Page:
1. Learned counsel for the appellants has raised a very ingenious point in the case but we do not think that the point has any force.
2. On 6-1-1908 one Zebulnissa made a simple mortgage of three houses and seven Sihams of zamindari share to Fayyaz Ali Khan and Wajid Ali Khan mortgagees for Rs. 2000/-. On 19-1-1921 she sold to Wajid Ali Khan two Sihams out of the seven Sihams and transferred to the two mortgagees Fayyaz Ali Khan and Wajid Ali Khan the three houses mortgaged for Rs. 5000/-. The only property that remained thus encumbered was five Sihams zamindari. The plaintiffs are the legal representatives of Fayyaz Ali Khan mortgagee who has died and they claim that they have acquired the equity of redemption from Wajid Ali Khan of his interest in the mortgage. No date is mentioned of this transfer of mortgagee rights and it is not necessary for us in this case to consider this matter further, though it is very doubtful whether there was any such transfer. In the year 1922 Srimati Zebulnissa is said to have gifted to Wajid Ali the remaining five Sihams of the Zamindari and Wajid Ali on the basis of the oral gift got his name mutated in the village papers and got possession of the property. He remained in possession till 1936 when he filed an application under the U. P. Encumbered Estates Act and showed these five Sihams as property belonging to him.
Neither Fayyaz Ali nor the plaintiffs made any application to be included in the list of creditors. No claim to the five Sihams having been made by anybody the property was included in the list of properties belonging to Wajid Ali and the list of properties was sent to the Collector, from which the debts due to the landlord-applicants from. Wajid Ali were to be satisfied. The Collector in satisfaction of the decrees passed by the Special Judge transferred these five Sihams to, we understand, the defendants first set. The plaintiffs got a suit filed in the year 1944 for realization of Rs. 2956/- on the basis of the mortgage dated 6-1-1908 and claimed that they were entitled to sell up these five Sihams in the possession of the defendants first set in satisfaction of the amount due under the mortgage. The lower appellate court dismissed the suit on the ground that the plaintiffs not having claimed the amount under the Encumbered Estates Act, the debt must be deemed to have been satisfied.
3. Learned counsel has urged that under the U. P. Encumbered Estates Act a secured creditor has been given the option either to claim the money in the Encumbered Estates Act proceedings or to stand outside it and then to proceed to enforce his rights under the law by an independent suit. He has drawn our attention to Sections 4, 6, 7, 8, 9 and 13 where the provision is made as regards claims against 'the persons or the property of the landlord'. Learned counsel has urged thst while in the sections mentioned above claims against the person as also against the property are mentioned, in Section 13 claim against the person only is included and not claim against the property so that if a secured creditor has not claimed his debt under the Encumbered Estates Act proceedings, his remedy to file a suit to enforce the security is not barred. Section 13 reads as follows :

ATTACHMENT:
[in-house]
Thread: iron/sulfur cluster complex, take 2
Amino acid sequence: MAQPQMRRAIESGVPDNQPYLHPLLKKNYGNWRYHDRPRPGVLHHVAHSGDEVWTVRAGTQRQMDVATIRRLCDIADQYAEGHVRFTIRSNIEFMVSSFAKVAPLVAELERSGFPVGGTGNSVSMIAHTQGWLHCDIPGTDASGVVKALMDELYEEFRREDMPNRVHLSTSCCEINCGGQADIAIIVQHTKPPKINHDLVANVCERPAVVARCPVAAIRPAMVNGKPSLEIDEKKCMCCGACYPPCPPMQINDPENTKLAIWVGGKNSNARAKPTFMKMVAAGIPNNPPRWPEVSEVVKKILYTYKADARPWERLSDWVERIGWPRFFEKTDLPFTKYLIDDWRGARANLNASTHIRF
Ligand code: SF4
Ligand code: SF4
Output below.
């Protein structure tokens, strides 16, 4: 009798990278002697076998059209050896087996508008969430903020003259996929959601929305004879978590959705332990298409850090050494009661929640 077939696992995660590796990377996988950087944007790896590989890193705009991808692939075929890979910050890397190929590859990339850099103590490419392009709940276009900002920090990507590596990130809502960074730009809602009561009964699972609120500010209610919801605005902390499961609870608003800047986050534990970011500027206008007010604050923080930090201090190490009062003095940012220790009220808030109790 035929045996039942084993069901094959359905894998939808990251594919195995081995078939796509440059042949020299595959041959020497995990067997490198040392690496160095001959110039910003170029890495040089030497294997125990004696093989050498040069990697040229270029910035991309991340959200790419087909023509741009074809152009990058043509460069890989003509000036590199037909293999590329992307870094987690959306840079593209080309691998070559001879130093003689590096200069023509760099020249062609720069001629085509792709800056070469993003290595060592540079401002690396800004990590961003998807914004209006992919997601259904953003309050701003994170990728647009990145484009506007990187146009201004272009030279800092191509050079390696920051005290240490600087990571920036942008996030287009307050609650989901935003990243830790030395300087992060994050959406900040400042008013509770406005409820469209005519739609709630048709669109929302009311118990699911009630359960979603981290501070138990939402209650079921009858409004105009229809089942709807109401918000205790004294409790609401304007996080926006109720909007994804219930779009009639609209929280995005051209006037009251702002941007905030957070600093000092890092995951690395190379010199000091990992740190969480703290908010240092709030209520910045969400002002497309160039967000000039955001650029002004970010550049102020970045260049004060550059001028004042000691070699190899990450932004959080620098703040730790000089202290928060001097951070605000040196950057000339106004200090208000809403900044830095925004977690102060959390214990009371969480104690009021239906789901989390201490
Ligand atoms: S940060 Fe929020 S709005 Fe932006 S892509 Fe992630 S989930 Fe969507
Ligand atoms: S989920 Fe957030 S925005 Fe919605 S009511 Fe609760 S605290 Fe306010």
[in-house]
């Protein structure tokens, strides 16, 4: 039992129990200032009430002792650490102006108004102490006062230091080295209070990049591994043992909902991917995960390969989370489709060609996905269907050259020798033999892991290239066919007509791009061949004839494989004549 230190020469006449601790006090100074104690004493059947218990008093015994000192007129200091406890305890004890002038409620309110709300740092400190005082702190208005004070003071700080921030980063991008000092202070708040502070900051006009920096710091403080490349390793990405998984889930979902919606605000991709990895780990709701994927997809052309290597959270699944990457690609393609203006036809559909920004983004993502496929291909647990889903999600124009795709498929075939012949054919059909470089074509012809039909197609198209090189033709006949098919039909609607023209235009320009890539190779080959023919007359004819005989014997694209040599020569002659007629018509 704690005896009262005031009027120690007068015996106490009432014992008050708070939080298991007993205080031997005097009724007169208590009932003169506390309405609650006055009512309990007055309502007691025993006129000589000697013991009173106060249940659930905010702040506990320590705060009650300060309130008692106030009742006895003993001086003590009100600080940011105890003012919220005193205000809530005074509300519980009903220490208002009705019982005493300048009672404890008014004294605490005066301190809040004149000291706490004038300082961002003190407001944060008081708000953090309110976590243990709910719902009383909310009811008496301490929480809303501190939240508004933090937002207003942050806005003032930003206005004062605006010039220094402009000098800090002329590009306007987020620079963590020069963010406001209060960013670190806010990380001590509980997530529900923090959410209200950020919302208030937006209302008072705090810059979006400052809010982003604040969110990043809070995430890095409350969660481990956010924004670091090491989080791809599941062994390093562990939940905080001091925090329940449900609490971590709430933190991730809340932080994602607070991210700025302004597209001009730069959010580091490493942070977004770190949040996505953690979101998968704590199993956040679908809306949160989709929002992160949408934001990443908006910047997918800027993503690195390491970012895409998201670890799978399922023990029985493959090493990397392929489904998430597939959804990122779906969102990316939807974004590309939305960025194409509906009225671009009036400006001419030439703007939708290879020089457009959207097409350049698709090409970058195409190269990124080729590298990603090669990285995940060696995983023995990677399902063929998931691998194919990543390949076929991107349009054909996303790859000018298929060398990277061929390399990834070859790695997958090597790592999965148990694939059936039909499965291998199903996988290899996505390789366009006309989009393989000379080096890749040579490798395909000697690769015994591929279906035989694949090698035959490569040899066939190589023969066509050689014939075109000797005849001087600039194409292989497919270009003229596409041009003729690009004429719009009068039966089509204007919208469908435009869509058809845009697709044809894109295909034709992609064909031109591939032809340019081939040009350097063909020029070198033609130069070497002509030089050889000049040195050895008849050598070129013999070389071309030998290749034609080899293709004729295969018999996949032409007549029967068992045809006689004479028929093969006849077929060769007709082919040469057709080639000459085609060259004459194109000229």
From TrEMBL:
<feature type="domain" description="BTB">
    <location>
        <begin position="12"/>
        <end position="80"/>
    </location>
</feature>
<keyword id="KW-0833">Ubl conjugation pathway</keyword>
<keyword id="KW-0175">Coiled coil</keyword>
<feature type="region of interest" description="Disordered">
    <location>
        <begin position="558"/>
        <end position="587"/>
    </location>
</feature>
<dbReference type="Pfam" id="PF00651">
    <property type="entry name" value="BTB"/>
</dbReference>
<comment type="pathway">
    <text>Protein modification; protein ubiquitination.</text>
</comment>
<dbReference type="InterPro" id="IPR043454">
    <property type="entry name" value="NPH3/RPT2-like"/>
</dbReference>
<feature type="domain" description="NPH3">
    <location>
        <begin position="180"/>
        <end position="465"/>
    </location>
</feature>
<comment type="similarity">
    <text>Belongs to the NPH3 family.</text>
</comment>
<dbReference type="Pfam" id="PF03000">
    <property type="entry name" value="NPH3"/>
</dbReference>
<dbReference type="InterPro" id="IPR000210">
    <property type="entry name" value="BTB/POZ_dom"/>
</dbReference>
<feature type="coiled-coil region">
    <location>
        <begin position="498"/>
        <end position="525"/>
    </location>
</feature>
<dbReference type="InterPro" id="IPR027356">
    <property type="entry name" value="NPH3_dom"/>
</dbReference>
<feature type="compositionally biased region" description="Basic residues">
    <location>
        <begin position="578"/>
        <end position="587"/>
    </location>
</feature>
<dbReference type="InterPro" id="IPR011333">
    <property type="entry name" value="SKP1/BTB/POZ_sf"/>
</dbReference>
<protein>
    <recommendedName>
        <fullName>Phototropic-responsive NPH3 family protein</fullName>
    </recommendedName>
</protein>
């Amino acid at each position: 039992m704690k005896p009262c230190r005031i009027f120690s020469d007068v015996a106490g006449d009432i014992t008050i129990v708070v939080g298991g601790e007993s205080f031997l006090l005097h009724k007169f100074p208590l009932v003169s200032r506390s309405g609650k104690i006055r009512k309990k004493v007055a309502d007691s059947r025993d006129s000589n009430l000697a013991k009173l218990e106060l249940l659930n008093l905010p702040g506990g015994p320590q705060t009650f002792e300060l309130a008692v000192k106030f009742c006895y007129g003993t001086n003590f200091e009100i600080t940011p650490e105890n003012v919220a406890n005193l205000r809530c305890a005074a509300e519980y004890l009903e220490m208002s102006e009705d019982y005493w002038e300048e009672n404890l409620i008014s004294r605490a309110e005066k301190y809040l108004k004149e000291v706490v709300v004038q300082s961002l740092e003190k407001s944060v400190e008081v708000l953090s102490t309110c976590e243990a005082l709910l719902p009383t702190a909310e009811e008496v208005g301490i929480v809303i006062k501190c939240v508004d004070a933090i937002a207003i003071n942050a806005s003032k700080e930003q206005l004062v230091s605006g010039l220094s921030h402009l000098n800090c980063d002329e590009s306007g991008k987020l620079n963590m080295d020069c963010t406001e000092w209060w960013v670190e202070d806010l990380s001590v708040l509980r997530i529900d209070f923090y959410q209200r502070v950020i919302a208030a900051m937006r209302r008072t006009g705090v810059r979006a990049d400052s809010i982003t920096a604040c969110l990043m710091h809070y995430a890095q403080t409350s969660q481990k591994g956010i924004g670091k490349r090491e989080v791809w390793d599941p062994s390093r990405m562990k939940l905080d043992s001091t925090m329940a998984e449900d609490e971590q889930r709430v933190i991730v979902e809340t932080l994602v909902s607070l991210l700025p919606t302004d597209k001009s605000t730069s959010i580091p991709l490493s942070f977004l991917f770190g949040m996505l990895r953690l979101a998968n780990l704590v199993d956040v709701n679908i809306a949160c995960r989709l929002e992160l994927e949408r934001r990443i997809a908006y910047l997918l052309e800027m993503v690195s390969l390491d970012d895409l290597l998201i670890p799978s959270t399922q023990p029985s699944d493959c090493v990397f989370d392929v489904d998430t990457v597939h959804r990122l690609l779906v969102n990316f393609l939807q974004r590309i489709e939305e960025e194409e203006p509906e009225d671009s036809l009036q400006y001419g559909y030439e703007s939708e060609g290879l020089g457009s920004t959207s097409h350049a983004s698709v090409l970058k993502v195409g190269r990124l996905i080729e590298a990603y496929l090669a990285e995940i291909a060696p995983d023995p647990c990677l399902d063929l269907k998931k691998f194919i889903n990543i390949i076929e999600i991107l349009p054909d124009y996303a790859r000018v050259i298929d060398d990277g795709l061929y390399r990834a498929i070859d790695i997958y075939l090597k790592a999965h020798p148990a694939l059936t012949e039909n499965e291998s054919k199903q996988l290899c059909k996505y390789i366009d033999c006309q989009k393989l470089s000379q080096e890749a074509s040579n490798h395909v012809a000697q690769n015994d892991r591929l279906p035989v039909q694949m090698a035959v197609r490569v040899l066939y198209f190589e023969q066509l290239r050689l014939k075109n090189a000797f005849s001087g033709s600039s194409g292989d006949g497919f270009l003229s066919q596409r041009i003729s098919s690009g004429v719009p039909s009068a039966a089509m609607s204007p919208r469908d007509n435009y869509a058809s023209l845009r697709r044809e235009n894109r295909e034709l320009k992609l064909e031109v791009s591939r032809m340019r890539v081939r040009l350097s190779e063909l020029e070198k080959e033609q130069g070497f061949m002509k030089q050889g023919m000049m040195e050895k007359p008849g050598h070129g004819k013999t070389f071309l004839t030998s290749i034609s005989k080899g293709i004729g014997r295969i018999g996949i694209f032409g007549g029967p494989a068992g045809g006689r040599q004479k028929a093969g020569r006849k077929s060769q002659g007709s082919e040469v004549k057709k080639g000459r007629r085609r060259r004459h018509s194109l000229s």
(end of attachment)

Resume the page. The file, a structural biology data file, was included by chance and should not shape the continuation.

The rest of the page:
'Every claim decreed or undecreed against the landlord in respect of a private debt, other than a debt due to a Co-operative Society registered under the Co-operative Societies Act, 1912, by its members, shall, unless made within the time and in the manner required by this Act, be deemed for all purposes and on all occasions to have been duly discharged.'
The section applies to all claims against the landlord in respect of a private debt. This section is differently drafted from the other sections. A reference is made in this section to claims 'decreed or undecreed'. Naturally it was not found necessary to repeat the words 'against the property', as the decree must be against a person, though it might be confined to the property in his hands. The U. P. Encumbered Estates Act was enacted in .1934 and a large number of claims have been disposed of and liquidated under the provisions of that Act. It has always been held in this Court that the analogy of the Provincial Insolvency Act is not a true or complete analogy and the purpose underlying the Act is that the Collector should have before him a complete list of liabilities and assets of the landlord-applicant and find out the best way of satisfying the liabilities and at the same time to save as much of the property as possible.
There is no reason why secured debts should have been excluded from the purview of the Act and a mortgagee, should be giventhe right either to prove his claim or to stand cut. This would give rise to various complications. The property included in the list sent to the Collector by the Special Judge is entirely under his control and he has the right to dispose it of either by mortgage, lease or sale as he considers desirable. We may also refer to Section 18 of the Act which provides that when a decree is passed under Section 14 on the basis of a mortgage, the effect of the decree shall be to extinguish all the rights, if any, of the claimant under that mortgage. The Act, read as a whole, leaves no doubt that the mortgagee has to prove his claim against the landlord in the proceedings under the U. P. Encumbered Estates Act and he cannot claim to stand out of it. Section 13, to our minds, was clearly applicable and the mortgagee had to prove his debt before the learned Special Judge. His failure to do so must be deemed to have discharged that debt.
4. The appeal has no force and is dismissed with costs.